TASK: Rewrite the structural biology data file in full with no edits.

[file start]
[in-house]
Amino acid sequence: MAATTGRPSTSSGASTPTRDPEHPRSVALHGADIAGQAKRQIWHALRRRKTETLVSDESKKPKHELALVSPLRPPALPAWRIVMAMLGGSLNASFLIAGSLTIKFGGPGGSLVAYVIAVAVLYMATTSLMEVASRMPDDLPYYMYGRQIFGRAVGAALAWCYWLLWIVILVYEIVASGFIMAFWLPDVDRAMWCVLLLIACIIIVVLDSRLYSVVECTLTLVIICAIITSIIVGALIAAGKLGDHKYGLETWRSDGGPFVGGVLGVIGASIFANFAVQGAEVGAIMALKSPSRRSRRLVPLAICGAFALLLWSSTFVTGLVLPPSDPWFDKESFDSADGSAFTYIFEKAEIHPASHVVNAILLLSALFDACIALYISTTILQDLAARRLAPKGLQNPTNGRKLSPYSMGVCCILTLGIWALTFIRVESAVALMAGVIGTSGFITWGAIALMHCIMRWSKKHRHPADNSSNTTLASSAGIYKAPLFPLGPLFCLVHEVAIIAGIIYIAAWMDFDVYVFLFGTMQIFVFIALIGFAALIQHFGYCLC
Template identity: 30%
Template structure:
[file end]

[in-house]
Amino acid sequence: MAATTGRPSTSSGASTPTRDPEHPRSVALHGADIAGQAKRQIWHALRRRKTETLVSDESKKPKHELALVSPLRPPALPAWRIVMAMLGGSLNASFLIAGSLTIKFGGPGGSLVAYVIAVAVLYMATTSLMEVASRMPDDLPYYMYGRQIFGRAVGAALAWCYWLLWIVILVYEIVASGFIMAFWLPDVDRAMWCVLLLIACIIIVVLDSRLYSVVECTLTLVIICAIITSIIVGALIAAGKLGDHKYGLETWRSDGGPFVGGVLGVIGASIFANFAVQGAEVGAIMALKSPSRRSRRLVPLAICGAFALLLWSSTFVTGLVLPPSDPWFDKESFDSADGSAFTYIFEKAEIHPASHVVNAILLLSALFDACIALYISTTILQDLAARRLAPKGLQNPTNGRKLSPYSMGVCCILTLGIWALTFIRVESAVALMAGVIGTSGFITWGAIALMHCIMRWSKKHRHPADNSSNTTLASSAGIYKAPLFPLGPLFCLVHEVAIIAGIIYIAAWMDFDVYVFLFGTMQIFVFIALIGFAALIQHFGYCLC
Template identity: 30%
Template structure: